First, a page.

2. Lexical Precedence - When the precedence functions described above are used within the token function, the given precedence values serve as instructions to the lexer. If there are two valid tokens that match the characters at a given position in the document, Tree-sitter will select the one with the higher precedence.

  3. Match Length - If multiple valid tokens with the same precedence match the characters at a given position in a document, Tree-sitter will select the token that matches the longest sequence of characters.

  4. Match Specificity - If there are two valid tokens with the same precedence and which both match the same number of characters, Tree-sitter will prefer a token that is specified in the grammar as a String over a token specified as a RegExp.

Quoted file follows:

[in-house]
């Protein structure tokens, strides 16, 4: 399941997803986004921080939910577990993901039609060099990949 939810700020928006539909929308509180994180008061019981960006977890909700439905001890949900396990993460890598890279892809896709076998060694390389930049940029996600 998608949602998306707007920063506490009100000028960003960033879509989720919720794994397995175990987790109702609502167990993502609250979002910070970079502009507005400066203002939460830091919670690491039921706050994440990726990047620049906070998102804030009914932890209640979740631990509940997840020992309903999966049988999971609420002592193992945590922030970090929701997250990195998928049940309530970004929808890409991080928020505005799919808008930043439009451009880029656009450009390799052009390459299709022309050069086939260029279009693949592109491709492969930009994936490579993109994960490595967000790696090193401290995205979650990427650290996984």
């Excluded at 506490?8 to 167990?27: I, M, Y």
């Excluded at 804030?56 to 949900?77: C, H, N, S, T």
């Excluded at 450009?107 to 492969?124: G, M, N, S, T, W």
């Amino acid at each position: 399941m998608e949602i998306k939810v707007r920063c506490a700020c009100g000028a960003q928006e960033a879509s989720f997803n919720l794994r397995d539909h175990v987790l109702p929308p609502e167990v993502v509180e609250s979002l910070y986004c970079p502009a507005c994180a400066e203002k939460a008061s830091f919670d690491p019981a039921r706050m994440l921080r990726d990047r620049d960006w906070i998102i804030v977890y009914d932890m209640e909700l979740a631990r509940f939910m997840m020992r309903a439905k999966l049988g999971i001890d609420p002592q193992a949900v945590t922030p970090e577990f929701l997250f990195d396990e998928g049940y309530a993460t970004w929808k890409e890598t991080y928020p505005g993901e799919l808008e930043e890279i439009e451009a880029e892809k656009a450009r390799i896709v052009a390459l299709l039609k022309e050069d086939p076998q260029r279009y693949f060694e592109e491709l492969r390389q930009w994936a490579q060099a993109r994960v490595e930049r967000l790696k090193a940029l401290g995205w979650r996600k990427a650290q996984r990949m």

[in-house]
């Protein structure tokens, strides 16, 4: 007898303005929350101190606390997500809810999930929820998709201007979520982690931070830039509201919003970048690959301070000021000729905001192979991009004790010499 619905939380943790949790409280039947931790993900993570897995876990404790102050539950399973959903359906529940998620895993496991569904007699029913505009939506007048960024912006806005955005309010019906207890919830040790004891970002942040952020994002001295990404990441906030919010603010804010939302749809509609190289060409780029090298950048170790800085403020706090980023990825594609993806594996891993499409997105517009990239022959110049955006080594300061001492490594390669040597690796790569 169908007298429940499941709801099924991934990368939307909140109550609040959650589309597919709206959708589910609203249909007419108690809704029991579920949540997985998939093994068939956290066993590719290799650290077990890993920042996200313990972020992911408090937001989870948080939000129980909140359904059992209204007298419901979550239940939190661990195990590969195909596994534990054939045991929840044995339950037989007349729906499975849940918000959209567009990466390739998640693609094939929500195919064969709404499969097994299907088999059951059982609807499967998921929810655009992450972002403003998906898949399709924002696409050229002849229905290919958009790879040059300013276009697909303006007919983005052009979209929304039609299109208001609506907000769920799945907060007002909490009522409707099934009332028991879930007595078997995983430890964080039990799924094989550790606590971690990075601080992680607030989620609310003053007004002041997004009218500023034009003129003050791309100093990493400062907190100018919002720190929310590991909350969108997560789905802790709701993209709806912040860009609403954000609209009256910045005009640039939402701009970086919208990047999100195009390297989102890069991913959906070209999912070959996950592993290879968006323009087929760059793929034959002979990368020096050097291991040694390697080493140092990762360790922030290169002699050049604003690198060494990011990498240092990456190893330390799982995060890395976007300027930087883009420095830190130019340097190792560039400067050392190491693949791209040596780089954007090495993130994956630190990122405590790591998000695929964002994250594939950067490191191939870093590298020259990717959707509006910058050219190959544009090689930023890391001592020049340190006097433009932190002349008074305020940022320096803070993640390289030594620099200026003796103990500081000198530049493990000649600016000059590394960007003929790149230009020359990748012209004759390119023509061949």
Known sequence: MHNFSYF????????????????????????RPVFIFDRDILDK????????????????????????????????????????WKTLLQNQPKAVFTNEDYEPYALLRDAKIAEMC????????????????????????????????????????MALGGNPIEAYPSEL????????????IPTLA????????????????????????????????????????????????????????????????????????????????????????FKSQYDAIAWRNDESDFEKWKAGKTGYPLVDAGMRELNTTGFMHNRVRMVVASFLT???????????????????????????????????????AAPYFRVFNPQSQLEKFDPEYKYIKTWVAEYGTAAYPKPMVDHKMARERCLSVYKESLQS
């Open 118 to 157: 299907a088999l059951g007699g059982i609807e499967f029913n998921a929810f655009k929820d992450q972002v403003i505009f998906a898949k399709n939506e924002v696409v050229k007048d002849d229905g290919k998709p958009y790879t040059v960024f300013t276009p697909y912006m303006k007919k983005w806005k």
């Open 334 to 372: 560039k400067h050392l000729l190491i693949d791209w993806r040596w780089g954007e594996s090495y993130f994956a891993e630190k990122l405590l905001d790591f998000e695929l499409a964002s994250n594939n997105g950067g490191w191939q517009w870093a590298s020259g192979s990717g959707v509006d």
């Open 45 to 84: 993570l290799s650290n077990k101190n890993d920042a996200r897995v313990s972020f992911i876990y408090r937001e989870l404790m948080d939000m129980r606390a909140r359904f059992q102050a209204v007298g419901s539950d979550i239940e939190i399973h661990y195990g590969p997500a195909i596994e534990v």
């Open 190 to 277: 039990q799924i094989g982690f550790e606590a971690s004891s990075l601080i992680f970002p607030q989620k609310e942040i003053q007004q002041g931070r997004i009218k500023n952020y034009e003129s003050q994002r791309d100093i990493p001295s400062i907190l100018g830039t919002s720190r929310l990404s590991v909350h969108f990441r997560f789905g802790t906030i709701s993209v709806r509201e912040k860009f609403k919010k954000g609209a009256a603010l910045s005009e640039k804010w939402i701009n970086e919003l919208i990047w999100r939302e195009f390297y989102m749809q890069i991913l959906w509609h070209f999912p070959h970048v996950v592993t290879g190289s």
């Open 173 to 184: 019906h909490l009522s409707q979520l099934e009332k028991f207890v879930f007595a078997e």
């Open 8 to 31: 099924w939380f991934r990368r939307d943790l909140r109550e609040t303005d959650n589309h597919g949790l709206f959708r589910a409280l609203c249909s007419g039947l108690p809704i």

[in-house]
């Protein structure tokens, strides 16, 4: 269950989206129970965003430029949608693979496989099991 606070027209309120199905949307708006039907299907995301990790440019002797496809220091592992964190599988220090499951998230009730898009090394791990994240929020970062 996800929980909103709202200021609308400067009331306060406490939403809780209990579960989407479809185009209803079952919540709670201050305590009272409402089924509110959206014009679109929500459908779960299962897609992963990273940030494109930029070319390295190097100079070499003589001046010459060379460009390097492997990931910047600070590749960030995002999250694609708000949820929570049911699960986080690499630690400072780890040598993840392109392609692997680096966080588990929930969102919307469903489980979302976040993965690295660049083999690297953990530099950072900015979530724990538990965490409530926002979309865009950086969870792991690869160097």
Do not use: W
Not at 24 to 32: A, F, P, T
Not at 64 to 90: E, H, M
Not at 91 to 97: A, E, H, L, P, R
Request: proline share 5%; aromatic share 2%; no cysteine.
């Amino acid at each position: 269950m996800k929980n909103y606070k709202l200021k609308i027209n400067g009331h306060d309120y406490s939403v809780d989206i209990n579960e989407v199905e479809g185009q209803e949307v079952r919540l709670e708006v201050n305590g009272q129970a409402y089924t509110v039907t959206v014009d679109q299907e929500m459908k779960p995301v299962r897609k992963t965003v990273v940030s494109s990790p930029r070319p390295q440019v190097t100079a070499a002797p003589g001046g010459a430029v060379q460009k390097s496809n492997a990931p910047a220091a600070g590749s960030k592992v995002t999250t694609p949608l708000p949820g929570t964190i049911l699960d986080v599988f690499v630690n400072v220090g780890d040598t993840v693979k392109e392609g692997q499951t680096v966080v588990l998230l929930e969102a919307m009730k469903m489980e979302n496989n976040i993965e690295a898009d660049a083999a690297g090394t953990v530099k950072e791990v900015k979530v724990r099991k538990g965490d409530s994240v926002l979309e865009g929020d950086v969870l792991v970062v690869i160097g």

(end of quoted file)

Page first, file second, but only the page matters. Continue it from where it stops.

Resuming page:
Keywords

Many languages have a set of keyword tokens (e.g. if, for, return), as well as a more general token (e.g. identifier) that matches any word, including many of the keyword strings. For example, JavaScript has a keyword instanceof, which is used as a binary operator, like this:

if (a instanceof Something) b();

The following, however, is not valid JavaScript:

if (a instanceofSomething) b();

A keyword like instanceof cannot be followed immediately by another letter, because then it would be tokenized as an identifier, even though an identifier is not valid at that position. Because Tree-sitter uses context-aware lexing, as described above, it would not normally impose this restriction. By default, Tree-sitter would recognize instanceofSomething as two separate tokens: the instanceof keyword followed by an identifier.

Keyword Extraction